Besides excellent anti-phishing tools and above-average legitimate file recognition, there is not too much else that we liked about F-Secure. Virus/Malware detection and clean rates were abysmal when compared to other AV suites we have tested. The fact that F-Secure cannot quarantine infected archived files automatically may be a serious problem for users not familiar with opening and managing ZIP or other compressed file types.
F-Secure is a system-resource hog. It uses many system resources during scans, which will prevent most users from users their computers productively while the program is running. If you have a super-fast computer, you may not notice too much of a slowdown. If you have a relatively modest setup, though, expect programs to launch and run very slowly during virus/malware scans.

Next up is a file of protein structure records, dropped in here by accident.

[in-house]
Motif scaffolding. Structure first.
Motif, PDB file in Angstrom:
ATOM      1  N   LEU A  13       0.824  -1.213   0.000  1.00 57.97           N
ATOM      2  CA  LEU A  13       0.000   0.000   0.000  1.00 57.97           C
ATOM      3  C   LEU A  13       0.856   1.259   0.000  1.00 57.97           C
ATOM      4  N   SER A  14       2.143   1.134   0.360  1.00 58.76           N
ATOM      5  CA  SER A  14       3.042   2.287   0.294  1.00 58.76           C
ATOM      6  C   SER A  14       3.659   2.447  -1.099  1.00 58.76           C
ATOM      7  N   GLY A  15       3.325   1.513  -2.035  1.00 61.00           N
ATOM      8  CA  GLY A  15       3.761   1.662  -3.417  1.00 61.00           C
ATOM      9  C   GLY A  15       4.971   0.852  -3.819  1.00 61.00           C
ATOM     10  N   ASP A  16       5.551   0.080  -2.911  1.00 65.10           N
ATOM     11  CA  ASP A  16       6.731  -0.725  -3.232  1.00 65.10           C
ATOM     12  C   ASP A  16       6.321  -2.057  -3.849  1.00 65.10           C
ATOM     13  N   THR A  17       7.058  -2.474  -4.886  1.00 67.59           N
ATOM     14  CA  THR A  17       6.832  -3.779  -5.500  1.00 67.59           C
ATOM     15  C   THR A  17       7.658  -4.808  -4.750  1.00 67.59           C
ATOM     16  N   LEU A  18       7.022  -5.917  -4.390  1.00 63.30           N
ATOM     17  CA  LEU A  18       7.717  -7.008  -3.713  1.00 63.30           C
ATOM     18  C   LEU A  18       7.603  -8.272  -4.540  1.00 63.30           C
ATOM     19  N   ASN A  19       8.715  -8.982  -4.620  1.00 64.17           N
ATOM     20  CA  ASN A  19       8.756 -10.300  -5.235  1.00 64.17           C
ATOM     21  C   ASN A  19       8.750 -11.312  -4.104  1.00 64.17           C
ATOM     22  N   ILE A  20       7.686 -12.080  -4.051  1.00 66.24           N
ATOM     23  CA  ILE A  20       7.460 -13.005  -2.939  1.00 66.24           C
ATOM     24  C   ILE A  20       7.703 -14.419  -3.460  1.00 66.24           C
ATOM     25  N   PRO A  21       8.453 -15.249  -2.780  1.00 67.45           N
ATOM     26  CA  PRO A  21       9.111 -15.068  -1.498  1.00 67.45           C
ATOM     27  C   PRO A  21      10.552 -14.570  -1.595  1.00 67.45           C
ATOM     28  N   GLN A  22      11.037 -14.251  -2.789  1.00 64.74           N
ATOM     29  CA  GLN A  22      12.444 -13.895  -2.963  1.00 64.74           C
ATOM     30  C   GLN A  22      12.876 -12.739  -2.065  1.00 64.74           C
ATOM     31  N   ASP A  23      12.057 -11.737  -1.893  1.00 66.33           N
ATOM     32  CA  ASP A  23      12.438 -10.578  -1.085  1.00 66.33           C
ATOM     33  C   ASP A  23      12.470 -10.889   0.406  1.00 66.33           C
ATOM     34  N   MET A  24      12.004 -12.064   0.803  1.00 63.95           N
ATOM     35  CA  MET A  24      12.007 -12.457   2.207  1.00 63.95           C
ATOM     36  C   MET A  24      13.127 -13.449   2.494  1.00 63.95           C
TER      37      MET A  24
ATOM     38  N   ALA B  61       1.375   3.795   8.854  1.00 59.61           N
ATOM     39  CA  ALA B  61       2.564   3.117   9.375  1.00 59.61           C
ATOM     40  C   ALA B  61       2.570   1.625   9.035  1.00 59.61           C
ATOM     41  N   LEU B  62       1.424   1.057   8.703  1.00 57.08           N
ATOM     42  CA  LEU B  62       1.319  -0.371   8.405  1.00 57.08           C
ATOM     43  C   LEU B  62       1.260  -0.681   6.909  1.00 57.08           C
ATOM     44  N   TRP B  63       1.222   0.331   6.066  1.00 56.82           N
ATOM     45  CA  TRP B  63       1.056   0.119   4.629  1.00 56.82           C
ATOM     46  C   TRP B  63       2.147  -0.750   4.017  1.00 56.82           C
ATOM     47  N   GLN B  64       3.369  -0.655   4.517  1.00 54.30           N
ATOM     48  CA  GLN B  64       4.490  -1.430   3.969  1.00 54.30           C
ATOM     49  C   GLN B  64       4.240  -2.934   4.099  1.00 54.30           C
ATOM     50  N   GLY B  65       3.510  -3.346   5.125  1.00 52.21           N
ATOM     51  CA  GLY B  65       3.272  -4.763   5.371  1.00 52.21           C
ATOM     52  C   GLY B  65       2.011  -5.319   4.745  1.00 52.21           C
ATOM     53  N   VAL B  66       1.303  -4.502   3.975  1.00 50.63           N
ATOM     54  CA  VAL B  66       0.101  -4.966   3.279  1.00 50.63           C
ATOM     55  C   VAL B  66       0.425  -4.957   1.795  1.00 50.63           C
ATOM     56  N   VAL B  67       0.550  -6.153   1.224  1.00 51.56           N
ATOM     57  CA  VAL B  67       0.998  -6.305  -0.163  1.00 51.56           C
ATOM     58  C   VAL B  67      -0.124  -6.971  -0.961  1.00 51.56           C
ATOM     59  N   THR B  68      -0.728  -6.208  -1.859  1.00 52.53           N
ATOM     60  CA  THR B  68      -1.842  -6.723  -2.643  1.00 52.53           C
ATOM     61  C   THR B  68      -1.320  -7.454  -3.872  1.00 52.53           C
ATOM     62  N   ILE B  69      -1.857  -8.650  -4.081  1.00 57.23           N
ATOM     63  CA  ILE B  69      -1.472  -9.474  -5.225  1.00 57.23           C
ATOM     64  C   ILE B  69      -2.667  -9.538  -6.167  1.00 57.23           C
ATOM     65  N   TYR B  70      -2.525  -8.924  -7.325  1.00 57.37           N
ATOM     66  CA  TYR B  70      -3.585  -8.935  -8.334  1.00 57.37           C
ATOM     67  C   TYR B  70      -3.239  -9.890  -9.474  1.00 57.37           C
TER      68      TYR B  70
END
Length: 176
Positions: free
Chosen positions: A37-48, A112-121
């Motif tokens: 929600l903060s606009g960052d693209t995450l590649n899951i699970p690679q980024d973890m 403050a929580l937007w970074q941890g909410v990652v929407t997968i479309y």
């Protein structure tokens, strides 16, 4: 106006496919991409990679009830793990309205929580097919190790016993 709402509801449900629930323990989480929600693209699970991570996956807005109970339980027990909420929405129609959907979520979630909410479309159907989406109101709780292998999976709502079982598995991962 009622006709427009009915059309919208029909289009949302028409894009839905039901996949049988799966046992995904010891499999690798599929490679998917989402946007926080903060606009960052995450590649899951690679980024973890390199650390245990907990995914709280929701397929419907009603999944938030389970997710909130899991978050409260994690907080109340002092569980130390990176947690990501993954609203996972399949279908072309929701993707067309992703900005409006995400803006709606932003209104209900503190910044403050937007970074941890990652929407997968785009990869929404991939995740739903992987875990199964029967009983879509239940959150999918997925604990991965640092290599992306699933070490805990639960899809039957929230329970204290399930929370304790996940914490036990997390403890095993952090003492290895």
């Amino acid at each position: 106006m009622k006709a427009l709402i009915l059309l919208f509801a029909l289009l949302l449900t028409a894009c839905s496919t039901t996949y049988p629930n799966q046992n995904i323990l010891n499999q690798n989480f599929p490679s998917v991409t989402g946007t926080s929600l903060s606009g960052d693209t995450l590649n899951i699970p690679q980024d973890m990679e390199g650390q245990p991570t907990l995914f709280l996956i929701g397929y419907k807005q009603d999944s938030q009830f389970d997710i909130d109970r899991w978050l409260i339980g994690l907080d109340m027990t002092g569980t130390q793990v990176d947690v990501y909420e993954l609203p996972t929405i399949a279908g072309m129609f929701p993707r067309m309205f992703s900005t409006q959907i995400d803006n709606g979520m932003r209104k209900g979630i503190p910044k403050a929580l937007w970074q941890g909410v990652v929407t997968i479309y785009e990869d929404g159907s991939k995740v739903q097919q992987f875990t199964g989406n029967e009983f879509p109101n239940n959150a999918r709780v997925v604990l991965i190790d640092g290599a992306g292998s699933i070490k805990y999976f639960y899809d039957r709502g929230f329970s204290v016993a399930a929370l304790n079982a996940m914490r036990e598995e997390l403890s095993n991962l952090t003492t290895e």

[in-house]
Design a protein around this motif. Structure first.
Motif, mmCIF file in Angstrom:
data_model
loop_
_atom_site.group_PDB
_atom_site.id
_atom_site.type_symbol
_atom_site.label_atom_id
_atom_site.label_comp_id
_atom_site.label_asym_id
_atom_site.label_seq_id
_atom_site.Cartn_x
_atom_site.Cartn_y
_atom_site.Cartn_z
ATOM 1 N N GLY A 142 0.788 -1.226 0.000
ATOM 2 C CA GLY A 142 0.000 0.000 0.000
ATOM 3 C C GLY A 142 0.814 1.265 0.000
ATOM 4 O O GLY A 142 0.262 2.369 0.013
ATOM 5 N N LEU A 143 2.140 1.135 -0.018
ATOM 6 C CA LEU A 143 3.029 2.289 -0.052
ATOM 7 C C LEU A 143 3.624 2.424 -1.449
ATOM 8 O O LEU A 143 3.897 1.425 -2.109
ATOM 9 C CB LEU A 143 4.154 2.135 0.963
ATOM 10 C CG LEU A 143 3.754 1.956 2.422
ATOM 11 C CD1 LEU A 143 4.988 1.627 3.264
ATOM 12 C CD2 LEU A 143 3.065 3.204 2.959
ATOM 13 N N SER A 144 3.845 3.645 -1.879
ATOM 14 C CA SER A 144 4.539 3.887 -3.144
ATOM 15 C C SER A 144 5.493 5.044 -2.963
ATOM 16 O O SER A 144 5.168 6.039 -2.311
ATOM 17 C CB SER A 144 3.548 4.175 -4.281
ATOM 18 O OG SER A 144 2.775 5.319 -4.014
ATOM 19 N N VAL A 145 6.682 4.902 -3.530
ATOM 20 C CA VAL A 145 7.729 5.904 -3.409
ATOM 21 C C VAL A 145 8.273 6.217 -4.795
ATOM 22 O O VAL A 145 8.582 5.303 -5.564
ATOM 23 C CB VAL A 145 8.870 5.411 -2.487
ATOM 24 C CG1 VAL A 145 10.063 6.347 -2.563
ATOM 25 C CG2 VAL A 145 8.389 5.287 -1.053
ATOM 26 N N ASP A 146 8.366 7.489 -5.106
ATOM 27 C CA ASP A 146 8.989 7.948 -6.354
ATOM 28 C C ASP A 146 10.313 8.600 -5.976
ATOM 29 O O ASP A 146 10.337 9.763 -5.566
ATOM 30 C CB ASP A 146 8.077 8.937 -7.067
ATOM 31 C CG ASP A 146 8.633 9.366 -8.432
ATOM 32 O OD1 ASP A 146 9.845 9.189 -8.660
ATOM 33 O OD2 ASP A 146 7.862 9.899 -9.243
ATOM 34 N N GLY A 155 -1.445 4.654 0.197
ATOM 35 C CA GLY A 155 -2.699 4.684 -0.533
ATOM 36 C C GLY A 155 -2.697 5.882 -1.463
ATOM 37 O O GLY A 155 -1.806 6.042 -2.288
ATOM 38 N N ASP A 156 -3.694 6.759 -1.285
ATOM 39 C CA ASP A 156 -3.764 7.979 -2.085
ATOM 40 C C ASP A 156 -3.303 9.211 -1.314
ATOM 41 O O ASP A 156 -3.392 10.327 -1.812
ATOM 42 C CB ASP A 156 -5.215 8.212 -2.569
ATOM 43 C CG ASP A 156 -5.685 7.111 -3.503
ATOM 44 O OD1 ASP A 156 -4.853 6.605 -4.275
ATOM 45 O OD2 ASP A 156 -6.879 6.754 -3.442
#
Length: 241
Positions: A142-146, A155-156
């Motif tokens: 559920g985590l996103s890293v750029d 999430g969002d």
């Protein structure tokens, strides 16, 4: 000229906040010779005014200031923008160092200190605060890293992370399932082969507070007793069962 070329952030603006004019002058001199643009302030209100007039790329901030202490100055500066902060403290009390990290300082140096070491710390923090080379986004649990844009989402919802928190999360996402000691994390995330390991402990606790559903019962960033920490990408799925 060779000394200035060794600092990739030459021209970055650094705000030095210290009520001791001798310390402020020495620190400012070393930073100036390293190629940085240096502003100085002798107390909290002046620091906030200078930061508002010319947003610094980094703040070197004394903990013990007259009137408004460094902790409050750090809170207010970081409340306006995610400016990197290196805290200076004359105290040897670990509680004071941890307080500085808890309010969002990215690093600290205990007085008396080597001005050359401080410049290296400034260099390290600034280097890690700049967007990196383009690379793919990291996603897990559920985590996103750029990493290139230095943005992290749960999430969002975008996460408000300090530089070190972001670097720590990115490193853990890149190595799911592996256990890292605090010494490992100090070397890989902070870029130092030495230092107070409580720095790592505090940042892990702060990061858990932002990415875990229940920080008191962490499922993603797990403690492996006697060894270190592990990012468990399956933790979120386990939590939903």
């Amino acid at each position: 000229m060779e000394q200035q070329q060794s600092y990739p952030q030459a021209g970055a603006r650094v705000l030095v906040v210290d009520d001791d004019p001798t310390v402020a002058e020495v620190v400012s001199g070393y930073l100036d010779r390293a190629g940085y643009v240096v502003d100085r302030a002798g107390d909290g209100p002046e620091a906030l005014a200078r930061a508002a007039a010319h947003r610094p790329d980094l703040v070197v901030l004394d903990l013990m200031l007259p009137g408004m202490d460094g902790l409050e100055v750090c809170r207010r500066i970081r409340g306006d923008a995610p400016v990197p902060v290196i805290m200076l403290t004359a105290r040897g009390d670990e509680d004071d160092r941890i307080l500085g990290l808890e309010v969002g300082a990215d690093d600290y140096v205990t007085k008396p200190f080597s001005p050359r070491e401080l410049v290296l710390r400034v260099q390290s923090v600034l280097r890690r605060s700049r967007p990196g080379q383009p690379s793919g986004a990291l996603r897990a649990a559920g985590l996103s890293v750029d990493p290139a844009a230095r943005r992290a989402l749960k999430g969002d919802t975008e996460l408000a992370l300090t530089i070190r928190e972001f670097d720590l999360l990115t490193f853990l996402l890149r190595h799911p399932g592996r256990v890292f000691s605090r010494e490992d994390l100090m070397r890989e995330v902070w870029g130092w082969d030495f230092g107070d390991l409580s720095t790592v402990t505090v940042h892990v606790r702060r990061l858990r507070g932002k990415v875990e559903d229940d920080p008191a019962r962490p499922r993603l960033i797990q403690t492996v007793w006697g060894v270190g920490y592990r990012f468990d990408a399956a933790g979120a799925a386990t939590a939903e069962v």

With its high price tag, you would expect F-Secure to include a stand-alone firewall component. Instead, though, F-Secure relies on the built-in Windows Firewall to prevent intrusions and unauthorized access. The Windows Firewall does provide reasonably good protection, but is not nearly as good as many firewall components included with other suites we have tested.
Installing F-Secure is a real chore and requires you to overcome several hurdles during the process. When compared to other products we have tested, F-Secure installation is as difficult as it gets.